5. If there are no non-repeating characters, return -1.

Time and Space Complexity:

The Queue approach has a time complexity of O(n) since we are iterating over the string only twice (once to update the hash map and the queue, and once to dequeue the non-repeating characters) and performing constant-time operations on the hash map and the queue. It has a space complexity of O(k) where k is the size of the character set, since we are using a hash map to store the frequency of each character and a queue to store the indices of non-repeating characters.

Note that this approach uses a hash map to keep track of the frequency of each character and a queue to store the indices of non-repeating characters. We iterate over the string once to update the hash map and the queue. Then, we dequeue the indices from the queue and return the first one whose frequency is 1. This approach has a time complexity of O(n) since we are iterating over the string only twice. It is recommended for solving the problem for large strings when using a queue.

#### Algorithm:

1. Create a doubly linked list and initialize two pointers: head and tail.
2. Iterate over the input string character by character.
3. For each character:
1. Check if the character is already present in the linked list. If it is, remove the node from the list since it is no longer a non-repeating character.
2. If the character is not present in the list, create a new node for it and append it to the tail of the linked list.
4. After iterating over the entire string, the head of the linked list will point to the first non-repeating character in the string. If the head is NULL, then there are no non-repeating characters in the string.
5. Return the index of the first non-repeating character by iterating over the string again and comparing each character with the character at the head node of the linked list.

Note: In the C++ code, we use `unordered_map` instead of `Dictionary` and `queue` instead of `Queue`. We also use `length()` instead of `Length` to get the length of the string. The rest of the code follows the same logic and structure as the original code.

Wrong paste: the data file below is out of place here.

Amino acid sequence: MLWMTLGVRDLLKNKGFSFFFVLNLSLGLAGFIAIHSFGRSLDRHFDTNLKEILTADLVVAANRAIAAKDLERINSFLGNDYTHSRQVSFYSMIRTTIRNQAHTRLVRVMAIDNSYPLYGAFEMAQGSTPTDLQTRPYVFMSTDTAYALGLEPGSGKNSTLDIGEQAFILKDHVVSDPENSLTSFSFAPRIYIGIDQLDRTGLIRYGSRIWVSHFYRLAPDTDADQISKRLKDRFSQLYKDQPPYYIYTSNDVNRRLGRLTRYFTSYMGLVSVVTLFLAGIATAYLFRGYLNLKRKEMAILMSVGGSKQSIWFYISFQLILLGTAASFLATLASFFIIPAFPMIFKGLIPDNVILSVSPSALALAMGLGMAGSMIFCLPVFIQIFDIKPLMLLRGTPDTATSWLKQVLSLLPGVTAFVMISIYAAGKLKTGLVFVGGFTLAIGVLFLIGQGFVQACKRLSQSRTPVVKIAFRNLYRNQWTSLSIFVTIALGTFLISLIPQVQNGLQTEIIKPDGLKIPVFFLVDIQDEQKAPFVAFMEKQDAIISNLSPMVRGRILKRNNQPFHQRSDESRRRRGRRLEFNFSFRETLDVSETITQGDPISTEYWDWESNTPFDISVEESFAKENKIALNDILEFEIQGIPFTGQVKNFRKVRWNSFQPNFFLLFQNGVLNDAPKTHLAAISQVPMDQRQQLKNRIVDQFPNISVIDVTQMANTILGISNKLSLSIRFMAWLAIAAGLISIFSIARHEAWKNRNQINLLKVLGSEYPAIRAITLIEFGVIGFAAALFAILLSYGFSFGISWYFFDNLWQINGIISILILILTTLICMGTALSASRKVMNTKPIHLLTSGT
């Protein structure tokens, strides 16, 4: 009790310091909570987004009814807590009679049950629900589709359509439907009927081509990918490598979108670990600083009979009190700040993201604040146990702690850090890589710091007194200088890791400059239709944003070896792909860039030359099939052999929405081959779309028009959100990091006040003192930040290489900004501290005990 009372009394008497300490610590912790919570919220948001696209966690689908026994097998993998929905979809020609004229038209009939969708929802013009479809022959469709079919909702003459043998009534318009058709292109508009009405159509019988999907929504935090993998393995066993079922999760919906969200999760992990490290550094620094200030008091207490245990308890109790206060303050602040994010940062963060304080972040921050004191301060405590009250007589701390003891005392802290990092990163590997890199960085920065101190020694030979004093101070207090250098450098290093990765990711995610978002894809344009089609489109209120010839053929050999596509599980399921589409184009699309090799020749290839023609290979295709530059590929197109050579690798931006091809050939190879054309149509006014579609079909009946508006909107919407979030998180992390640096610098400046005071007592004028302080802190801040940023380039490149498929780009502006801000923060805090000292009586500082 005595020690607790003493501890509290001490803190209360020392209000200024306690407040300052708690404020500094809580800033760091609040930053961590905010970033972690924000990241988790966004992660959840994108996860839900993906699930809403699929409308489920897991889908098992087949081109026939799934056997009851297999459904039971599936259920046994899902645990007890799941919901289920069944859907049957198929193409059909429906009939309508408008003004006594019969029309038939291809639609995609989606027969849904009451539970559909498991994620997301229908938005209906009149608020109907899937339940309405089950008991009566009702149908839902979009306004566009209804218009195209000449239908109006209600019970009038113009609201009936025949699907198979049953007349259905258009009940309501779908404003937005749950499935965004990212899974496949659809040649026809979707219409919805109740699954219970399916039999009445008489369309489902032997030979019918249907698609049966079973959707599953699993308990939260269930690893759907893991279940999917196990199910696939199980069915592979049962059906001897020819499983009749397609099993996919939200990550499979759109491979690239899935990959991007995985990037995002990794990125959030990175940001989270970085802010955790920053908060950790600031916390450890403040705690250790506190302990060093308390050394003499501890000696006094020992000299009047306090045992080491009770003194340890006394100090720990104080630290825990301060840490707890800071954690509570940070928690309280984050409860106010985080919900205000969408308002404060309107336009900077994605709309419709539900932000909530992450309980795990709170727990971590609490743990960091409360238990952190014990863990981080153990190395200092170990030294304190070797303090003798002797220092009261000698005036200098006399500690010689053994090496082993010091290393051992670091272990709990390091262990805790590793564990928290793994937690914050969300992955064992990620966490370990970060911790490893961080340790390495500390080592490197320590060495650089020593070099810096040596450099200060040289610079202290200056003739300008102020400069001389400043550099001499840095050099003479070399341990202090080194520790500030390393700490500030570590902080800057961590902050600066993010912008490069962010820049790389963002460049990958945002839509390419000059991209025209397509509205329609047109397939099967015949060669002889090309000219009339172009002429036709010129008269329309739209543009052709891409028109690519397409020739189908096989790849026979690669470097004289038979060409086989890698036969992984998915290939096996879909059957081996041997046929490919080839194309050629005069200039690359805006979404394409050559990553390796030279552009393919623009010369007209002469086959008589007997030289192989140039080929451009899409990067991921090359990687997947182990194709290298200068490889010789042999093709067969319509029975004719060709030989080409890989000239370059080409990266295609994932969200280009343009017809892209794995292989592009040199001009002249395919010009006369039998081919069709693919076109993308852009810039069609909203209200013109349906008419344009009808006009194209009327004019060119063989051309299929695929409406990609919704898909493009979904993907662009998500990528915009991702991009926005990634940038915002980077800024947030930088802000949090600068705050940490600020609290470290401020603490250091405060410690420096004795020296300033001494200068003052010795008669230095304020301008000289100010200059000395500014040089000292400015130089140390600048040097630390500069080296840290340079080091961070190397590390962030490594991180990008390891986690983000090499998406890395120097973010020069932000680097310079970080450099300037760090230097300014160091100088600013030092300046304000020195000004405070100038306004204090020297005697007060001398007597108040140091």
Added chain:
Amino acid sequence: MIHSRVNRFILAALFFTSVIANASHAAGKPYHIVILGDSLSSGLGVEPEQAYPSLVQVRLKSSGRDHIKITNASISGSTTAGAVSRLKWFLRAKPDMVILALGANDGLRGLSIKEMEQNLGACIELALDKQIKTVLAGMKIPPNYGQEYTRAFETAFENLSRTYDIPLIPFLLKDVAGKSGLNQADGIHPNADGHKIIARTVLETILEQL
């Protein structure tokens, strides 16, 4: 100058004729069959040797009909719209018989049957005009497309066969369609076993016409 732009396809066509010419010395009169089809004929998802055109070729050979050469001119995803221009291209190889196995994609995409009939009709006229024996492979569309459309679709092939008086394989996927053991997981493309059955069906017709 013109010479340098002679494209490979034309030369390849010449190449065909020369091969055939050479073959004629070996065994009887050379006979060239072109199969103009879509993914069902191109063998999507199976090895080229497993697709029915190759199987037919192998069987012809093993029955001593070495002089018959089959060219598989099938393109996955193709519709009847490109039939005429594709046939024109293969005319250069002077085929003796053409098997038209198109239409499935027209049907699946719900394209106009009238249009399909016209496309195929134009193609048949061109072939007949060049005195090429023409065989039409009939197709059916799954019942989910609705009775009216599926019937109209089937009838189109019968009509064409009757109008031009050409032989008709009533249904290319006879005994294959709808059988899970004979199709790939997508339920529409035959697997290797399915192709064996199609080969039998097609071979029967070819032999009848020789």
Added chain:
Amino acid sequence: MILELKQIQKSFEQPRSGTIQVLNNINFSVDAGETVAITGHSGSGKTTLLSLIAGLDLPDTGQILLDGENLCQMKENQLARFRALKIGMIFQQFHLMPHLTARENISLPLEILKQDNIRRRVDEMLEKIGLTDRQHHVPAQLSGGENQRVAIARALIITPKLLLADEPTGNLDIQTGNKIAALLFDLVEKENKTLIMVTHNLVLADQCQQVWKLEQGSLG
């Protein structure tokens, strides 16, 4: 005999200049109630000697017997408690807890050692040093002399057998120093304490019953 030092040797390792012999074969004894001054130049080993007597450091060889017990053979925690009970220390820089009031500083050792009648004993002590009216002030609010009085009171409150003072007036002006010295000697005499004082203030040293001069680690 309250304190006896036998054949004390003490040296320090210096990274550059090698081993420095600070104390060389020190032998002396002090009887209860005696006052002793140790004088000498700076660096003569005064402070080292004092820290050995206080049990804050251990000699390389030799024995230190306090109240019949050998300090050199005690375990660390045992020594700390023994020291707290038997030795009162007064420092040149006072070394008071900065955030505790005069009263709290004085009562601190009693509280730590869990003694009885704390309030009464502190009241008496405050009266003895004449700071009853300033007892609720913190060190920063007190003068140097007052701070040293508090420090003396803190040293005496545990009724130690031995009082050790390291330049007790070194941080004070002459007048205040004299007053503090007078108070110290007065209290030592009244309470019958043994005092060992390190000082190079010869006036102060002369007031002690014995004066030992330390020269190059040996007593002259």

Time and Space Complexity:

The Linked List approach has a time complexity of O(n) since we are iterating over the string only once and performing constant-time operations on the hash map and the linked list. It has a space complexity of O(k) where k is the size of the character set, since we are using a hash map to store the frequency of each character and a linked list to store the indices of non-repeating characters.

In terms of time complexity, the Queue and Linked List approaches are the most efficient since they have a time complexity of O(n). However, the space complexity of both of these approaches is O(k), where k is the size of the character set. So if the character set is very large, then these approaches might not be the best choice in terms of space efficiency.

The Hash Map and Two-Pass Hash Map approaches have a space complexity of O(k), which is better than the Queue and Linked List approaches. They also have a time complexity of O(n), which is the same as the Queue and Linked List approaches. So, if space efficiency is a concern and the character set is not very large, then these approaches might be the best choice.

The Brute Force approach is the least efficient in terms of time complexity, with a time complexity of O(n^2), and does not use any extra space. However, it is only suitable for small inputs where the performance is not a major concern.

Overall, the Hash Map and Two-Pass Hash Map approaches are commonly used and provide a good balance between time and space efficiency, making them a popular choice for solving this problem.